Lisa Phillips will present "Minding the Smell of the Weather: A ‘Whether’ Phenomenon"
Abstract: While some argue that human activities impact weather patterns, others contend that the earth has natural cycles that are not fundamentally changed by human action. I agree with Katherine Hayles’s argument that “an observer makes a cut … to tame the noise of the world by introducing a distinction, which can be understood in its elemental sense as a form, as boundary between inside and outside” (Hayles 137, my emphasis). Drawing upon Katherine Hayles’s articulation, I focus on the agency of odor to transform perceptions as supported by research that links smells with “intersensory” perceptions of place, space, ethics, and politics (Connolly). Surely, as Rosi Braidotti asserts, it is right to ground work in service to “biopower,”and underscore aims to expand, enmesh, and complicate conversations about “life” and “matter-ialism” in order to consider a more nuanced view of political and ethical issues that sway intergenerational responsibilities (Braidotti 201; 212; 215).
Because the Salton Sea—the largest inland body of water in California—emitted an extremely noxious odor and unusual weather patterns drove the scent north to Los Angeles and beyond, millions of people were forced to notice the environmental degradation of a specific ecosystem by human and non-human activities. The object of this presentation is the Salton Sea’s odor on September 10, 2012, and the rhetoricity surrounding olfactory perception of the environment is its subject. After Sarah Ahmed, I seek sense making and rhetorical navigation as I notice the ways in which “orientations matter” to material living bodies affected by current rhetoric surrounding climate change. I will also examine how an independent documentary film, The Plagues and Pleasures on the Salton Sea, focuses on the sea’s odor, as the film provides additional intersensory input to contextualize the complexity of the situation. The film is a hybrid genre that combines visual anthropology with a “stylized aesthetic” in order to move away from traditional “nature” documentaries.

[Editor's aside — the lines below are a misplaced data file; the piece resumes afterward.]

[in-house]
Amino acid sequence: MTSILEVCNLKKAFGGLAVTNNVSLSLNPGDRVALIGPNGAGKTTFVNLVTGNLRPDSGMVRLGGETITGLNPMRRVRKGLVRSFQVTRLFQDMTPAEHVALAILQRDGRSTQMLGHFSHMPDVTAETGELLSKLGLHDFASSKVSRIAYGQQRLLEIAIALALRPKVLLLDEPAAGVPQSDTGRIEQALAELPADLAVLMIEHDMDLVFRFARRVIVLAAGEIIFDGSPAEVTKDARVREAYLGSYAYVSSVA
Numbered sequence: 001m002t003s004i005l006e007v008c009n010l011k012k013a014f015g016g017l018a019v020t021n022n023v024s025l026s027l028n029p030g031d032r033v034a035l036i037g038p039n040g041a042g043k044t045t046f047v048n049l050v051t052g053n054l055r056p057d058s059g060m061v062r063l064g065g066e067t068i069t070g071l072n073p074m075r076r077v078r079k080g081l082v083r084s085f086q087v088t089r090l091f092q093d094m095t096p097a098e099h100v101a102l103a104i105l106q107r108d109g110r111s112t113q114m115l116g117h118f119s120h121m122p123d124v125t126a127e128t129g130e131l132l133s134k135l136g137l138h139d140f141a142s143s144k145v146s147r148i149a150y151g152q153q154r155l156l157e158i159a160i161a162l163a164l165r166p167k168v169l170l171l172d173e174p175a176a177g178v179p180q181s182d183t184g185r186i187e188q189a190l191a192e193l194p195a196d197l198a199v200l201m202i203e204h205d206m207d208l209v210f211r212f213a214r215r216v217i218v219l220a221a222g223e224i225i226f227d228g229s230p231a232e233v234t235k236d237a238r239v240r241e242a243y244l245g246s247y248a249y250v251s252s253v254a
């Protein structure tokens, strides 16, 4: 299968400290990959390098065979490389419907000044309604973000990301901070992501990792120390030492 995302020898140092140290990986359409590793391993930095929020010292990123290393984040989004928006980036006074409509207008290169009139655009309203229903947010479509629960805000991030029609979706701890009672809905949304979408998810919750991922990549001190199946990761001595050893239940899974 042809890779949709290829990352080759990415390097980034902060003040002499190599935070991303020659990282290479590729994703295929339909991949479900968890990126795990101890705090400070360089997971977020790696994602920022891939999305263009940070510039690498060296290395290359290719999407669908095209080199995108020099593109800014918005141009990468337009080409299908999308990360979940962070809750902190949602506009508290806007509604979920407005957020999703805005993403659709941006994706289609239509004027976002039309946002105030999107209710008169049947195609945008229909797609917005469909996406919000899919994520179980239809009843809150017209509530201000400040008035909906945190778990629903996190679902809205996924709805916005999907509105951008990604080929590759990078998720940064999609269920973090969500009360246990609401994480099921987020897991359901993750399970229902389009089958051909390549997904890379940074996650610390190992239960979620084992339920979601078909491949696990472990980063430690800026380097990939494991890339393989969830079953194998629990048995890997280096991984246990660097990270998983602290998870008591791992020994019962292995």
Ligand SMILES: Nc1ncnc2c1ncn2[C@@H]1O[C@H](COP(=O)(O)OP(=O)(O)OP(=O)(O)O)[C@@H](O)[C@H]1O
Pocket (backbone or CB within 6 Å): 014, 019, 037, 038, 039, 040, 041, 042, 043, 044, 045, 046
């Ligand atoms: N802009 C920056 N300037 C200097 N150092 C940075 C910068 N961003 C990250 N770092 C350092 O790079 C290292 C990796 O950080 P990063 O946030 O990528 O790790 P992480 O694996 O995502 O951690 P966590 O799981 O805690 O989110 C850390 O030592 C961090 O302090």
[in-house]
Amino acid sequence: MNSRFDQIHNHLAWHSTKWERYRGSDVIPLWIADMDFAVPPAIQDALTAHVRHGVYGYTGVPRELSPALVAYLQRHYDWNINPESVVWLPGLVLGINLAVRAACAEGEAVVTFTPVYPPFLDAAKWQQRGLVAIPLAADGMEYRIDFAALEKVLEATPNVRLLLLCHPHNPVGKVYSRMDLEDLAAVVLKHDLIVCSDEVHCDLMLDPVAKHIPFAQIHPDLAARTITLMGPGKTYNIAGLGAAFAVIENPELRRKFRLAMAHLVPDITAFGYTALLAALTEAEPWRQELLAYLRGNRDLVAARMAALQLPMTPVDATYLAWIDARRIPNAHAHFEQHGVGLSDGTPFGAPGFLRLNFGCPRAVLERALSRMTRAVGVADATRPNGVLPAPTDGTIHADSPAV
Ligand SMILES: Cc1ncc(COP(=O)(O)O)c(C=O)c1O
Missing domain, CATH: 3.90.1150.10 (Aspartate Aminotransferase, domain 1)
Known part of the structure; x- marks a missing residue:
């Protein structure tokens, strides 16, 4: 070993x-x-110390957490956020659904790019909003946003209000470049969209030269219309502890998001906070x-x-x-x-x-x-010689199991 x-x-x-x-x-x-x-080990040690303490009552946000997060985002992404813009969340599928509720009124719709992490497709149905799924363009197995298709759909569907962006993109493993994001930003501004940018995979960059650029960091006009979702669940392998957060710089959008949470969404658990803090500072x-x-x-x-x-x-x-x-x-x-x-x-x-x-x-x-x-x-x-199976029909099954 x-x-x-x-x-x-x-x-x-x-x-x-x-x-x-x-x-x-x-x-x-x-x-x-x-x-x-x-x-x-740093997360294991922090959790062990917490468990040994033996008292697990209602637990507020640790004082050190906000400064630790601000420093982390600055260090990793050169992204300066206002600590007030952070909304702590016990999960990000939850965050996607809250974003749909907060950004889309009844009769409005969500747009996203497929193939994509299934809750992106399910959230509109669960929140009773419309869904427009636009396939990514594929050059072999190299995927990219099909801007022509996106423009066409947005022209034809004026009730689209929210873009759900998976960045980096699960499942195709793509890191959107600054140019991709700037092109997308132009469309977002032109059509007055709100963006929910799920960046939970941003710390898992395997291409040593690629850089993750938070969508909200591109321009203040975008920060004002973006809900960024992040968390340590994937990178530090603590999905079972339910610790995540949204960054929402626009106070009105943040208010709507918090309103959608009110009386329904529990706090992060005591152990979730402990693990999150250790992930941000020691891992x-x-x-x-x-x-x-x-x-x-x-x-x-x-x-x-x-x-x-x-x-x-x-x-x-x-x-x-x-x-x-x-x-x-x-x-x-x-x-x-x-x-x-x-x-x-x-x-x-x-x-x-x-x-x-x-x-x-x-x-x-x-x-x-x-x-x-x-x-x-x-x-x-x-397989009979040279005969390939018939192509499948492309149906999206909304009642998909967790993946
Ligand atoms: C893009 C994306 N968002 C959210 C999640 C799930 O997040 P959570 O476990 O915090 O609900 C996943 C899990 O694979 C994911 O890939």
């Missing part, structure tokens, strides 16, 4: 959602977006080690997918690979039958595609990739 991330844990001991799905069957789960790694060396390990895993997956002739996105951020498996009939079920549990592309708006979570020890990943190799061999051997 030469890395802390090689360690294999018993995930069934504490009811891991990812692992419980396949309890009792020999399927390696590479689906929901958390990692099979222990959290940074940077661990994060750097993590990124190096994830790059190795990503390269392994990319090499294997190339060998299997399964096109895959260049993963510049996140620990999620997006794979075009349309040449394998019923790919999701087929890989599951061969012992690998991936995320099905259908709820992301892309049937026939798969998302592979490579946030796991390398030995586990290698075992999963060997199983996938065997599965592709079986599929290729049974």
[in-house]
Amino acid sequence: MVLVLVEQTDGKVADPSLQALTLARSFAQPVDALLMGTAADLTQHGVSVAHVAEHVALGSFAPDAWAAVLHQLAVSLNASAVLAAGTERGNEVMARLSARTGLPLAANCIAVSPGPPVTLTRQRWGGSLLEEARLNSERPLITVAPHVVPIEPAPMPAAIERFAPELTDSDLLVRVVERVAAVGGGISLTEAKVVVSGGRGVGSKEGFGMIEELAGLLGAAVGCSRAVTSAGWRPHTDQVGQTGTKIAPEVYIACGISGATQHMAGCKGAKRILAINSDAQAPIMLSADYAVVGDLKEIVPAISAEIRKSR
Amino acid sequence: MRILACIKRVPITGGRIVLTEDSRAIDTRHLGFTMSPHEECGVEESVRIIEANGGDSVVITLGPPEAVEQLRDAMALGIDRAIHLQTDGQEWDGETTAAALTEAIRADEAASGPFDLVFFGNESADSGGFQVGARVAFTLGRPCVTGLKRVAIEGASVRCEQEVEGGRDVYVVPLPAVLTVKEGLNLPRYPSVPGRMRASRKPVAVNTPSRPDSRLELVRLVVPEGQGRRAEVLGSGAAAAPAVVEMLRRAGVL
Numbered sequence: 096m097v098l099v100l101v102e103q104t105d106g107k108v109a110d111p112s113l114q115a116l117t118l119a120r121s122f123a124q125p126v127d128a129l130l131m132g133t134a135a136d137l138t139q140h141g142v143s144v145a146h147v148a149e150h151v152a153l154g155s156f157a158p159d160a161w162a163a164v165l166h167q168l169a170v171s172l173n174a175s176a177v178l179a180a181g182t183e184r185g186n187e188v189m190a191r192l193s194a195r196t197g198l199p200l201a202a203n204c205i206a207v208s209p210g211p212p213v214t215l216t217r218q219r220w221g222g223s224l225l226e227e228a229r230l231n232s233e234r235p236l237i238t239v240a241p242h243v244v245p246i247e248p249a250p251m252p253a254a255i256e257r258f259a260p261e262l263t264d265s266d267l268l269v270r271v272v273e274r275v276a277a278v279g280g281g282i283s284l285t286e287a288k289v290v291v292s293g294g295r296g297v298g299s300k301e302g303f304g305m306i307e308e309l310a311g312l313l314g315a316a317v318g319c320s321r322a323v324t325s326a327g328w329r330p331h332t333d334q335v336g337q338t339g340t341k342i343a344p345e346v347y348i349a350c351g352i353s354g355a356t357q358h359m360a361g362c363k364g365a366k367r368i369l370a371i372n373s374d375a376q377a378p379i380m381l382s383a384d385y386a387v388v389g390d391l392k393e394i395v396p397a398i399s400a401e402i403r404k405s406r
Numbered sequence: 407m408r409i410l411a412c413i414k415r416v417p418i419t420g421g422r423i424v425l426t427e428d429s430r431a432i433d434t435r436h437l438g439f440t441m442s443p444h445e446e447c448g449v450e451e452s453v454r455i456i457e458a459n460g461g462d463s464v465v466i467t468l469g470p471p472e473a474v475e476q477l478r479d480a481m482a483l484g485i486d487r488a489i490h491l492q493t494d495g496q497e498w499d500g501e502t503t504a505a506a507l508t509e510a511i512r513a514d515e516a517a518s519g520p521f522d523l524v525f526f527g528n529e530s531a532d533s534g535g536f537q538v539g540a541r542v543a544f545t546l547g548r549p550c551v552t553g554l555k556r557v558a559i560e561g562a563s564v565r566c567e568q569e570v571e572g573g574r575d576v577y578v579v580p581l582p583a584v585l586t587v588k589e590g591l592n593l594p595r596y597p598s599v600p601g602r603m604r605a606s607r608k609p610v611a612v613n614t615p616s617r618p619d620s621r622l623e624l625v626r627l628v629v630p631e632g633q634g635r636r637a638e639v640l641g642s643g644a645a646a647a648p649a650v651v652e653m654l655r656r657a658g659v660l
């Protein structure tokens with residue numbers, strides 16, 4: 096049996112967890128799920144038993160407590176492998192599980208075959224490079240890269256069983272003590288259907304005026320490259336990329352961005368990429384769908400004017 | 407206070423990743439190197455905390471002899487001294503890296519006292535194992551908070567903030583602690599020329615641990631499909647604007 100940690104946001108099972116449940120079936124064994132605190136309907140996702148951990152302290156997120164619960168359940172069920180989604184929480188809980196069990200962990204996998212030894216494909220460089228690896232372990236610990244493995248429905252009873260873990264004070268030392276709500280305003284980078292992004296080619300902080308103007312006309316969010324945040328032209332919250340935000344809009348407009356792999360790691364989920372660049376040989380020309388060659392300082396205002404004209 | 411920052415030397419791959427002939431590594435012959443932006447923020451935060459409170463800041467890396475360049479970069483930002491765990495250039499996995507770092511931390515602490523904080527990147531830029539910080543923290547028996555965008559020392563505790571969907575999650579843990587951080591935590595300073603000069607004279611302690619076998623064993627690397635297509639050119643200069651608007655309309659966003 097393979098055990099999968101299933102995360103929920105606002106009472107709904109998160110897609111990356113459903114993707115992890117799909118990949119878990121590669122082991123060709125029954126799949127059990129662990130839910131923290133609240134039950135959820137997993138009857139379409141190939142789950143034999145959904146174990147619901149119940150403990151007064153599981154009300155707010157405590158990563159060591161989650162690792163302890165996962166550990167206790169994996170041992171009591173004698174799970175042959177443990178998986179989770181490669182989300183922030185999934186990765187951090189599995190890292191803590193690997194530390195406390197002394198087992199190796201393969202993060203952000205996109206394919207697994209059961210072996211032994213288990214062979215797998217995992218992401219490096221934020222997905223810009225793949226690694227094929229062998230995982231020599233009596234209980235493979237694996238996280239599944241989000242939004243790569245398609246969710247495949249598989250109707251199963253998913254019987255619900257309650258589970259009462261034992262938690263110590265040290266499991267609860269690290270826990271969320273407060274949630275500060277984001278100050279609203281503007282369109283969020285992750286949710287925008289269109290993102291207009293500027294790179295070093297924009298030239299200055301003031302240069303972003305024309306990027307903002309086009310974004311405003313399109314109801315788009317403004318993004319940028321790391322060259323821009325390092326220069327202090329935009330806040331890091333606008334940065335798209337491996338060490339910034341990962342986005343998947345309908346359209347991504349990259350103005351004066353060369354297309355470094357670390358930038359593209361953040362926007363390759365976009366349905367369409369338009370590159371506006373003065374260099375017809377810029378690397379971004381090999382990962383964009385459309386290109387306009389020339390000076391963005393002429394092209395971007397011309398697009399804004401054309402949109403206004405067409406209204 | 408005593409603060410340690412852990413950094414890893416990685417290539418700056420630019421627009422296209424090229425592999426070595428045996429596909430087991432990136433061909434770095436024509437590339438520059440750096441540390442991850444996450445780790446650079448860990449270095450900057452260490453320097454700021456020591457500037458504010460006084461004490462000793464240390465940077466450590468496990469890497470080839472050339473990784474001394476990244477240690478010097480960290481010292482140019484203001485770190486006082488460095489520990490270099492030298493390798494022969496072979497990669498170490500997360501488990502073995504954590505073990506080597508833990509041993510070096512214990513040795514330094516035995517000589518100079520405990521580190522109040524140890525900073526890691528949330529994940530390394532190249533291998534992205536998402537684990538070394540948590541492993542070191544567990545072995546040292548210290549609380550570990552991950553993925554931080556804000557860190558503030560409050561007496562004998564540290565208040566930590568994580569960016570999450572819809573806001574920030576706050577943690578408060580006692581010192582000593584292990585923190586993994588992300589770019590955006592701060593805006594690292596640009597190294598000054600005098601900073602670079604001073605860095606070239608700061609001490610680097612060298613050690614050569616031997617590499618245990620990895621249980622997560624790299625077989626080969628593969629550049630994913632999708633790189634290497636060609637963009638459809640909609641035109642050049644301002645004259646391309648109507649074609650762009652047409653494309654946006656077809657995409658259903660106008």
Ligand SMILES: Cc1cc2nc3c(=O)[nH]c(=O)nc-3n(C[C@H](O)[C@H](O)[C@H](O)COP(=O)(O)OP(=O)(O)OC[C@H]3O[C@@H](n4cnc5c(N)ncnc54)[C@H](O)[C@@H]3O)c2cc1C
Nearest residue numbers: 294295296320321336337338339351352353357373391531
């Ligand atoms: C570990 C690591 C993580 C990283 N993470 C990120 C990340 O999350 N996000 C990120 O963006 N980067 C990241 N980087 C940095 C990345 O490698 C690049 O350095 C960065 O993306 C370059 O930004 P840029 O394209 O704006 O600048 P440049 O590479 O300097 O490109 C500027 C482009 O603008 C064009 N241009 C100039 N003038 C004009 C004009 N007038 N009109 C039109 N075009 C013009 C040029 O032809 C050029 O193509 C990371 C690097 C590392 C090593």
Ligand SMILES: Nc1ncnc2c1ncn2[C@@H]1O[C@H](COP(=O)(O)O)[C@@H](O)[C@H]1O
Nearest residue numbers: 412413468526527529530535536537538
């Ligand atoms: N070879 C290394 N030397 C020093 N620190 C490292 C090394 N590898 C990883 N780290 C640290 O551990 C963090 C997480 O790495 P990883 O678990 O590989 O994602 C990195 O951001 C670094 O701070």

Lisa Phillips is a second-year doctoral candidate in English Studies at Illinois State University. Her area of concentration is rhetorical theory, and her research interests include sensory rhetorics, American Indian rhetorics and literature, contemporary material ecocriticism, and feminism. Phillips received her master’s degree in Visual Culture from the School of Art at Illinois State in 2010. Her most recent presentation, at the 2012 Midwest Modern Language Association conference, addressed repatriation of American Indian objects to indigenous communities. Her presentation at the 2011 College Composition and Communication Feminist workshop discussed connections between language, smell, and trauma. Phillips’ 2012 publication in the journal "J.A.C." reviewed "American Iconographic: National Geographic, Global Culture, and the Visual Imagination" by Stephanie L. Hawkins.